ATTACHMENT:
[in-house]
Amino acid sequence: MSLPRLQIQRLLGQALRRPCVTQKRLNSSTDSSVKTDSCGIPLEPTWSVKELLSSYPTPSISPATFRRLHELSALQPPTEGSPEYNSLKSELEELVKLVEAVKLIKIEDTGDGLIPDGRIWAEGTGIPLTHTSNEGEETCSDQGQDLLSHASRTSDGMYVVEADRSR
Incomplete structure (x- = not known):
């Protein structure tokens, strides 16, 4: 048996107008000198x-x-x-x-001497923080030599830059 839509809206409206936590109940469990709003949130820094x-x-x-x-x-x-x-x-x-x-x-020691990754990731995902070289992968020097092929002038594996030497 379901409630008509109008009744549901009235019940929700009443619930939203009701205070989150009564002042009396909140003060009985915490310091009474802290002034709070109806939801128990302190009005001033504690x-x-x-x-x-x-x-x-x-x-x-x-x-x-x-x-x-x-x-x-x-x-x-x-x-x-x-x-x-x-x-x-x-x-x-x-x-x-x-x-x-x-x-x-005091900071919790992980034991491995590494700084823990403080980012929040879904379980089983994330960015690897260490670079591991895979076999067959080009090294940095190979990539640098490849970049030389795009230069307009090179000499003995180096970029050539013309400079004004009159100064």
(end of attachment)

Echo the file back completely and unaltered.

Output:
[in-house]
Amino acid sequence: MSLPRLQIQRLLGQALRRPCVTQKRLNSSTDSSVKTDSCGIPLEPTWSVKELLSSYPTPSISPATFRRLHELSALQPPTEGSPEYNSLKSELEELVKLVEAVKLIKIEDTGDGLIPDGRIWAEGTGIPLTHTSNEGEETCSDQGQDLLSHASRTSDGMYVVEADRSR
Incomplete structure (x- = not known):
């Protein structure tokens, strides 16, 4: 048996107008000198x-x-x-x-001497923080030599830059 839509809206409206936590109940469990709003949130820094x-x-x-x-x-x-x-x-x-x-x-020691990754990731995902070289992968020097092929002038594996030497 379901409630008509109008009744549901009235019940929700009443619930939203009701205070989150009564002042009396909140003060009985915490310091009474802290002034709070109806939801128990302190009005001033504690x-x-x-x-x-x-x-x-x-x-x-x-x-x-x-x-x-x-x-x-x-x-x-x-x-x-x-x-x-x-x-x-x-x-x-x-x-x-x-x-x-x-x-x-005091900071919790992980034991491995590494700084823990403080980012929040879904379980089983994330960015690897260490670079591991895979076999067959080009090294940095190979990539640098490849970049030389795009230069307009090179000499003995180096970029050539013309400079004004009159100064």